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Amendment of the Site Certificate for the Carty Generating Station


Date: 25 September 2016

To: Sarah Esterson, Siting Analyst

Oregon Department of Energy

625 Marion St. NE

Salem, OR 97301

sarah.esterson@oregon.gov

Subject: Technical Comments, NWCMTF 3 of 4

From: NW Climate Methane Task Force (http://nw-climate-methane-task-force.org/downloads/NWCMTF-3of4-Rev-1)

Sierra Club, Portland Chapter Out for approval

350PDX Out for approval

Engineers for a Sustainable Future Out for approval


Technical Comments to PGE Carty Station Site Certificate Amendment


  1. Carty Unit 3 appears unjustifiable as a clean energy projects when UN IPCC standards for GWP from 2013 are factored with current natural gas life cycle data.

  2. Upstream methane leakages and releases from logistics infrastructure supplying Unit 3 are not quantified with publicly accessible data from owners and operators of the natural gas supply chain, precluding direct due diligence calculations of global warming damage associated with Carty natural gas operations.

  3. Peer reviewed technical reports conducted by third-party NGO experts put methane leakage and release at 5% of delivered product (some report 12%).

  4. It is possible to conduct simple checkbook calculations to determine the amount of natural gas supplied, the amount of upstream methane released, and the consequences bearing on Oregon GHG goal attainment.

  5. We conclude from simple calculations that Unit 3 represents a potentially stranded asset as the cost of grid energy storage declines, resulting from high volume production efficiencies, and as economic externalities are offset for example by the social cost of carbon.

  6. Our findings are to be shared with PGE and the Oregon Global Warming Commission.

  7. Activist organizations are expected to endorse the significance of these findings as they relate to the root cause of declining climate.



Principal Findings


Peak Generation Using Natural Gas

  • is effective in balancing grid resources

  • is not the only technology matching supply to demand

  • may not have a role beyond near term transition from fossil energy generation


Oregon Convergence on Climate Goals

  • depends upon baseload generation as well as peak balancing

  • cannot be judged from a reading of the 2015 Oregon GHG Inventory because goals and inventory are expressed in inconsistent numerical units

  • cannot be predicted when peak compensation produces GHG spikes at random

  • depends on the GHG uncertainties stemming from other natural gas peak plants


Details:


Carty Natural Gas Plant – Unit 3

The Carty Unit 3 Peak Generation plant would have a rated full load capacity of 330 MW. This corresponds to 1,078,00 metric tons of CO2 annually if running full time while burning natural gas 50% cleaner. But given that a peak plant is deployed only when needed, assume a 50% duty cycle producing 0.5 x 1,078,000 = 539,000 metric tons of CO2 annually.




Compute the amount CH4 needed to run the facility.

Start with expected amount of CO2 being produced.

CO2 Prod x molecular wt ratio of CH4/CO2 = CH4 fuel delivered

Example: Carty Cogen Plant, 539,000 metric tons CO2 annually

539,000 metric tons x (16/44) = 196,000 metric tons CH4 annually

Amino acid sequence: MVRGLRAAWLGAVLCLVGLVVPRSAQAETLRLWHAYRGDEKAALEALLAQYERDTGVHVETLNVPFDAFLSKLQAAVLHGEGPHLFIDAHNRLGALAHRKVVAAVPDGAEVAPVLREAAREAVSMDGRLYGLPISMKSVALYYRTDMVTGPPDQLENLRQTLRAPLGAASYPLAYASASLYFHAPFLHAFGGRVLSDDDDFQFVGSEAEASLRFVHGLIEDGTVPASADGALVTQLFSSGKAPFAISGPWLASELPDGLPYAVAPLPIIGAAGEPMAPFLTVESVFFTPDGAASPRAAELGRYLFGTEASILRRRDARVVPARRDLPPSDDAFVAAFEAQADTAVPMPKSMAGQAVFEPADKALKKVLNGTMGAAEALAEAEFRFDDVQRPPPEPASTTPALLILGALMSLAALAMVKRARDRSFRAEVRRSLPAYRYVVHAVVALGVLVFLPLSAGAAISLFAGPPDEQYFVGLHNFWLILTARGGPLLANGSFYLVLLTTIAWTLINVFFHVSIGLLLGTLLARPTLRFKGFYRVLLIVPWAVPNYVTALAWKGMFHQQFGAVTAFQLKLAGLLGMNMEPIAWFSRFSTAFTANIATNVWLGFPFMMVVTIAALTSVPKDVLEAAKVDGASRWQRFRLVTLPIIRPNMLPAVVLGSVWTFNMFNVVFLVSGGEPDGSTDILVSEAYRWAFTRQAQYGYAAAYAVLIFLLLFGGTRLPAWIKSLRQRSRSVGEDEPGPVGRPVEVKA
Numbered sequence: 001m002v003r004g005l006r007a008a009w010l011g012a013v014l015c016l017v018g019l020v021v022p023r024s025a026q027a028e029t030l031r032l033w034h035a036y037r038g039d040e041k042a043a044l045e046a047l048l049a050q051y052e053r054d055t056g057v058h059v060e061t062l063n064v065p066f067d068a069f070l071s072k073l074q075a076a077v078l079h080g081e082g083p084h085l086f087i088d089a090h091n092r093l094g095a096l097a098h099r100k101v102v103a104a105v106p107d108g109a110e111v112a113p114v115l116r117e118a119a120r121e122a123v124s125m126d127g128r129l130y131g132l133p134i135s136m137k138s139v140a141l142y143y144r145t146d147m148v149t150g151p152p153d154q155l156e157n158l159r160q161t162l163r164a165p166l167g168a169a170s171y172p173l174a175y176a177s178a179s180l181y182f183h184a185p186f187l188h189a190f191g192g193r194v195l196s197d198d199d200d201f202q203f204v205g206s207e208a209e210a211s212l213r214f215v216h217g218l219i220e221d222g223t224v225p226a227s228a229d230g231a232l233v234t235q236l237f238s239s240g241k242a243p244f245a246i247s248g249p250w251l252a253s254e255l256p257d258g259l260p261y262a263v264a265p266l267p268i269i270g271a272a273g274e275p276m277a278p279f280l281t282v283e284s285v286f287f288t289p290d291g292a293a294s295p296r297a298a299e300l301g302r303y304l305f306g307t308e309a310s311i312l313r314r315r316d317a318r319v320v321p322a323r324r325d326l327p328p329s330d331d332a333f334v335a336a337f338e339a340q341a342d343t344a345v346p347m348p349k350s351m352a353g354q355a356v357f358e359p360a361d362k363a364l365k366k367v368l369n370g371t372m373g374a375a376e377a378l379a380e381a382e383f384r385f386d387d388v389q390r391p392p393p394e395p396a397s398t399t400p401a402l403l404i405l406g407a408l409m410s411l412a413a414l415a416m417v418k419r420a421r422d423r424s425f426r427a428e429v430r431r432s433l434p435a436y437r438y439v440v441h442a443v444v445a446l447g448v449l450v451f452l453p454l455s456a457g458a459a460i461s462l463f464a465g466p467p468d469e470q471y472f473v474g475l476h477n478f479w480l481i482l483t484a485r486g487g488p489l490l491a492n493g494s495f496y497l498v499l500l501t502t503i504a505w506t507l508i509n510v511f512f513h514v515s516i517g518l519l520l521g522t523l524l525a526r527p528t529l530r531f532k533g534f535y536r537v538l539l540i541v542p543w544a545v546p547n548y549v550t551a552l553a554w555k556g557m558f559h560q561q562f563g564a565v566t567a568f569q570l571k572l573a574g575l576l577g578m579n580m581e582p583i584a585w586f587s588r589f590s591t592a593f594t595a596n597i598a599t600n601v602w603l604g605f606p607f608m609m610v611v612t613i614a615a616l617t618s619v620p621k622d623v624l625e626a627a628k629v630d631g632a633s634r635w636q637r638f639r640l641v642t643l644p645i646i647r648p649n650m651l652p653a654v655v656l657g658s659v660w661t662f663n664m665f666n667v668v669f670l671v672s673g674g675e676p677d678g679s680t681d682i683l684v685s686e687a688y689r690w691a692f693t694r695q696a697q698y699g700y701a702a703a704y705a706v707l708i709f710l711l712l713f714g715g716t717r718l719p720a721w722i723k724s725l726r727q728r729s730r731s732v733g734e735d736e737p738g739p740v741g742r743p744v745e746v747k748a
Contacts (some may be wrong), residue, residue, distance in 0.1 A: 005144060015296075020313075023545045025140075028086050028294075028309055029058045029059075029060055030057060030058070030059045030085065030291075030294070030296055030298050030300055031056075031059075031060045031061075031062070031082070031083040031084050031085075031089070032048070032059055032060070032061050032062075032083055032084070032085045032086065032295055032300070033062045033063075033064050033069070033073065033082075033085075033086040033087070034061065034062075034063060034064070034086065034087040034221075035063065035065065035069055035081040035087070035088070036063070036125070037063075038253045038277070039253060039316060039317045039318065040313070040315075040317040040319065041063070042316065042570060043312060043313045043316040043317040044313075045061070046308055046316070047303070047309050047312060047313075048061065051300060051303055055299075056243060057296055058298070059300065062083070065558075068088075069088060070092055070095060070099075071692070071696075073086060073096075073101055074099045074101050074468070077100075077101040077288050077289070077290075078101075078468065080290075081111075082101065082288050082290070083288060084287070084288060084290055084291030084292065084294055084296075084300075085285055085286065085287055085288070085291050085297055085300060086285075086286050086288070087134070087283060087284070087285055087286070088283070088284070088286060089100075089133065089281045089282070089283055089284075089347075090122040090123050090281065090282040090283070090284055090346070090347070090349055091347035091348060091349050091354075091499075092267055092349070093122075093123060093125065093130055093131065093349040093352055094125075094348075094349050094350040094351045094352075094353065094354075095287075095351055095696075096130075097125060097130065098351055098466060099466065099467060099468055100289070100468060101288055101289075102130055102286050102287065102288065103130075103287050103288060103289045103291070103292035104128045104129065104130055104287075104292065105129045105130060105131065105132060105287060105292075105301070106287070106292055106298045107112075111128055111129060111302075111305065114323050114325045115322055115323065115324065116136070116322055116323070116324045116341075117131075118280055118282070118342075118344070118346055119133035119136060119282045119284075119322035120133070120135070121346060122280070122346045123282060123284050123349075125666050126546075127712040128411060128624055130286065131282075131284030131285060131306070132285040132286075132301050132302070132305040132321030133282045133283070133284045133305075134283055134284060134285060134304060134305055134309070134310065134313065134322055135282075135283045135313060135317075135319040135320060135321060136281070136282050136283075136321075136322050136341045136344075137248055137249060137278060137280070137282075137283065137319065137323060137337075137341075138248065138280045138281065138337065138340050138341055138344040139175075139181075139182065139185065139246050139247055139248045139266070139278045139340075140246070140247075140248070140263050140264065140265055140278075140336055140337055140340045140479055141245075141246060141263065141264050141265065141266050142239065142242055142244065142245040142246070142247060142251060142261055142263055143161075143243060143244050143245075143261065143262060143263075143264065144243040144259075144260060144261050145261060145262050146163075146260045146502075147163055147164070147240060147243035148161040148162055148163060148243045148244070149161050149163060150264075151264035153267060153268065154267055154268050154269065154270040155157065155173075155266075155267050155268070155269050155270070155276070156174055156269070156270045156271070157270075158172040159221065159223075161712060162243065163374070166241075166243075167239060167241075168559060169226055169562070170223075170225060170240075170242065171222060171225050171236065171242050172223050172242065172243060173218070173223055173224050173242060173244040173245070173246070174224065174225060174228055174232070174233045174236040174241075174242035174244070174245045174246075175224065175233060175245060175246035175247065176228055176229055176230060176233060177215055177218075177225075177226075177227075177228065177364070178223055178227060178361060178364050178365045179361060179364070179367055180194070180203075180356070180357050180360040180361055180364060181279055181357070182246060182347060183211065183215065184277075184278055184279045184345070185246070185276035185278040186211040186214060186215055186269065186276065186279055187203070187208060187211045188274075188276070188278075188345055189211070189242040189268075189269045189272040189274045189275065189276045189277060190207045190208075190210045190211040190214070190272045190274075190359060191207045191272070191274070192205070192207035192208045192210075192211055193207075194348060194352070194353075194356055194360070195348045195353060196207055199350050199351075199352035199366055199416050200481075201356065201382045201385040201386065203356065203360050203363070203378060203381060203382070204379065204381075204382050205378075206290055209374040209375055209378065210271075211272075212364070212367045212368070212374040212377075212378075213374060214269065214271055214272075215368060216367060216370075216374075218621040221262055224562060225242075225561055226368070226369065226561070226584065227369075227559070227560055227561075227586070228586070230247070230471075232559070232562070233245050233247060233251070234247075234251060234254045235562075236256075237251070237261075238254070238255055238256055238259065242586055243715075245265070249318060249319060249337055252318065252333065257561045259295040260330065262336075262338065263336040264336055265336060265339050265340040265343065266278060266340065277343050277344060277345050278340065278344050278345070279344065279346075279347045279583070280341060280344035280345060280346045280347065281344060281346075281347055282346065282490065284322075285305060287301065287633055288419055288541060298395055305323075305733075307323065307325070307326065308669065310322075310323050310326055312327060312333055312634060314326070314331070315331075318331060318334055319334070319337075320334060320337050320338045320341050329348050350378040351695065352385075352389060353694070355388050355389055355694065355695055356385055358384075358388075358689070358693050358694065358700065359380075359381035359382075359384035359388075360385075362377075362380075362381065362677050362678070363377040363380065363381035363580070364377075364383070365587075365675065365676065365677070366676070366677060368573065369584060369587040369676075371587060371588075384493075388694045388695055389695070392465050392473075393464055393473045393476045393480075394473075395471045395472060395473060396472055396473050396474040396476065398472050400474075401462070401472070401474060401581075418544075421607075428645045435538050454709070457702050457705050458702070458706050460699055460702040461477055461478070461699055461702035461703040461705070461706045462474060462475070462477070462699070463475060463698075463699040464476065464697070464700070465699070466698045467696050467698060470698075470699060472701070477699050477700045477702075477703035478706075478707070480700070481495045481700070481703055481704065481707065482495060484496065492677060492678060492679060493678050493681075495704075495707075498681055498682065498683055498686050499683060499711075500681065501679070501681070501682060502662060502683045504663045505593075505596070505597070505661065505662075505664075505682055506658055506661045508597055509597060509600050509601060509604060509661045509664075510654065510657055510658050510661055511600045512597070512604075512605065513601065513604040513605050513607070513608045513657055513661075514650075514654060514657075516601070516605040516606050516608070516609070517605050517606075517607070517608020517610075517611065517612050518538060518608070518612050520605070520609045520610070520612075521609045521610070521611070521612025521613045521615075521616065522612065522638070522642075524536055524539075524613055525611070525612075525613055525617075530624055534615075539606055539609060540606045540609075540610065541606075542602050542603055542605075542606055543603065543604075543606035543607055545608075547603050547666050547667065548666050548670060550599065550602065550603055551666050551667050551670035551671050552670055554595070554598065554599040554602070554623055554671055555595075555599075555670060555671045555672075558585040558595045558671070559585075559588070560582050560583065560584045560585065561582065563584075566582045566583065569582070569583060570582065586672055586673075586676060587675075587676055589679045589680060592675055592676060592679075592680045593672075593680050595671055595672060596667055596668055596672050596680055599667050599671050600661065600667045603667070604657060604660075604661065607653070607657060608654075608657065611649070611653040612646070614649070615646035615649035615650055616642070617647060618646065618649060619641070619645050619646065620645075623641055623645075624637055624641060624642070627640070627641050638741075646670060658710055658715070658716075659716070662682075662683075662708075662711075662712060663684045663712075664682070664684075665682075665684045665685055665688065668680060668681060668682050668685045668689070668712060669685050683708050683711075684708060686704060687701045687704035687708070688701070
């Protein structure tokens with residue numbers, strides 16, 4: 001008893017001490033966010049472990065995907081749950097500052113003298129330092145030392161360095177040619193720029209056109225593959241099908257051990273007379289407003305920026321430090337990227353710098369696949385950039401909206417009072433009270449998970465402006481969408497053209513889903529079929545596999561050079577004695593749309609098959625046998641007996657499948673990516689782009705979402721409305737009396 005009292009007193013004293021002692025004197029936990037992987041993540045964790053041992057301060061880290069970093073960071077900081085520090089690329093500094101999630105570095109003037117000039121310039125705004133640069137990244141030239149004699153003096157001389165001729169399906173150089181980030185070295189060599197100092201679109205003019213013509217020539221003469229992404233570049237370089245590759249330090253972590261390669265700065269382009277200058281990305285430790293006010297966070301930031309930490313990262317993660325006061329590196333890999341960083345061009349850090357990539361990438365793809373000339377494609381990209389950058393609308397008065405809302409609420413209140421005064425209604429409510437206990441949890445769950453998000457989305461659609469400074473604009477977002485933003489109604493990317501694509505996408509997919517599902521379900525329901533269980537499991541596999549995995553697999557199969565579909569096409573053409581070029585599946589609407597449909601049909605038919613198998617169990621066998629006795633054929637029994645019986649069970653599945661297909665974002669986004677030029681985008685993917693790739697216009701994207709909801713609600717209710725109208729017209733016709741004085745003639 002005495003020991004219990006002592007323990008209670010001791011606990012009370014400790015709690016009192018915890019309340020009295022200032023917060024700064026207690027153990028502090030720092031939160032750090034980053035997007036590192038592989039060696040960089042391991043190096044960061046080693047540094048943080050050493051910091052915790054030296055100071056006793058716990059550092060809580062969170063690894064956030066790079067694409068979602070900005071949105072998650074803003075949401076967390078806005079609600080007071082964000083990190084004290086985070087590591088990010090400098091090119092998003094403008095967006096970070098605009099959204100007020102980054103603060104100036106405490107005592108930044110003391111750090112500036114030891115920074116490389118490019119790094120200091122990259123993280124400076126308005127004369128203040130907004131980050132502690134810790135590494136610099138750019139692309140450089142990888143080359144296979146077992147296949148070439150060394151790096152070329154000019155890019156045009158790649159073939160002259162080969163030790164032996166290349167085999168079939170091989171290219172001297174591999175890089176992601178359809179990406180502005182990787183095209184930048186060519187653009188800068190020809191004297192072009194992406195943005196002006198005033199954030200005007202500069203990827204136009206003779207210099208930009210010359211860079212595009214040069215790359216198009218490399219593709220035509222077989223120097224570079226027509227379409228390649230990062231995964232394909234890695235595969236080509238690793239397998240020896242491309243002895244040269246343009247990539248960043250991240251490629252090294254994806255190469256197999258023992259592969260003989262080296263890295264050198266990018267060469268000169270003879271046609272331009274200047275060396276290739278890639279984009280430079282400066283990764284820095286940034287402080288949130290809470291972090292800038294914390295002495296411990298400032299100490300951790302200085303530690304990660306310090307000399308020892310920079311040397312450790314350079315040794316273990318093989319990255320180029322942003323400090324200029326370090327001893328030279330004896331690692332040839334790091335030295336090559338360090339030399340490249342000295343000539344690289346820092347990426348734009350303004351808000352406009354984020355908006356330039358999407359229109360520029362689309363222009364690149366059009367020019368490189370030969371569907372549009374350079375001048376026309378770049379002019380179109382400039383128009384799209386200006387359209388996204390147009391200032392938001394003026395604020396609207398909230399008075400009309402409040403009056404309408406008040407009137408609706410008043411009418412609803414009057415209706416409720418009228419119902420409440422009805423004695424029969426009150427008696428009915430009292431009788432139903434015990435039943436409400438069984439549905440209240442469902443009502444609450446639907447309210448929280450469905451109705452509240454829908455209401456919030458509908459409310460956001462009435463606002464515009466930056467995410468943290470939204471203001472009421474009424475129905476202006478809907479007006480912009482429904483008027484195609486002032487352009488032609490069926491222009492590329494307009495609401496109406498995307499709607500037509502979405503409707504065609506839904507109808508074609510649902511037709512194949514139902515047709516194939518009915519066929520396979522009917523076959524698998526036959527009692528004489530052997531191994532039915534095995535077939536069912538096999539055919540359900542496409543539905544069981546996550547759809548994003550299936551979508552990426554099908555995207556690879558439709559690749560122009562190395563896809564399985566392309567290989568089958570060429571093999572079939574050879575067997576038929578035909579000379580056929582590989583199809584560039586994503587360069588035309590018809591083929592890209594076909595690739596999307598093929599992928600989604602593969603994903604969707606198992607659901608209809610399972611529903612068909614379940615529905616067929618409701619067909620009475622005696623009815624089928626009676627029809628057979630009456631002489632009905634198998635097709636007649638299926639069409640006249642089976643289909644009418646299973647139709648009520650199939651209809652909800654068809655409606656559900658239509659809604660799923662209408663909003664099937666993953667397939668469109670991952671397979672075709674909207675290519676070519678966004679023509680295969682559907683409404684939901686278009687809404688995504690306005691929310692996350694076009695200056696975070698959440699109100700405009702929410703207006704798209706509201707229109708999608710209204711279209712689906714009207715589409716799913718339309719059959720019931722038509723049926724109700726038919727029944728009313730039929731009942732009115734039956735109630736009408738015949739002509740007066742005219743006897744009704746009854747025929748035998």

Compute the amount of CH4 leakage upstream prior to delivery

Range of estimated leakage is 1% to 9% (industry does not provide measurements)

196,000 metric tons x 5% = 9,800 metric tons lost to climate annually



Compute equivalent CO2 (CO2e) of leaked CH4

The standard warming potential for CH4 is 84x CO2 for the 20 years after release

6,800 metric tons x 84 = 823,200 metric tons CO2e

CO2e exceeds CO2 produced by a factor of 1.5 (same as 150%).



Impact on Oregon Climate Goal Attainment. The intermittent supply of wind and solar renewable energy determines the need for randomly calling up peak power generation. This drives intermittency into Oregon’s GHG Inventory when natural gas is employed, as in existing peaker plants. There is no acknowledgement of random variation of GHG emissions from existing peak plants in the current 2015 OGWC Report to Legislators. Readers have no possibility of concluding the impact of an additional peak plant on goal attainment.

Another difficulty with the report is the absence of GHG trends plotted against a planned upper bound for emissions that leads to climate success in 2050. Examples of such a graphic exist. For example, natural gas emissions are predicted in Figure ES-1 in the report, “A BRIDGE TOO FAR: HOW APPALACHIAN BASIN GAS PIPELINE EXPANSION WILL UNDERMINE U.S. CLIMATE GOALS”. Ref http://priceofoil.org/content/uploads/2016/08/bridge_too_far_report_v6.3.pdf

For convenience this figure is provided below, and it is further captioned in Figure 8 in the reference report. Actuals, goals and fuel predictions are integrated in the same graphic.







Practical alternative to peaking plants. A recent report summarizes progress in developing alternative technology that serves the same grid balancing function as peaker plants.

www.ercot.com/content/wcm/key_documents_lists/85512/03._Storage_Update_ETWG.pptx

Coincidentally the California Public Utilities Commission has directed public utilities to invest in direct electricity grid energy storage, to make up for the tragic and negligent Aliso Canyon natural gas storage well rupture. Utilities having nothing to do with natural gas are impacted.

Community support in other states for direct grid energy storage is evident in posted public comments. For example, Texas.



http://interchange.puc.state.tx.us/WebApp/Interchange/Documents/40000_180_732177.PDF

comment_3.txt · Last modified: 2016/09/26 02:47 by admin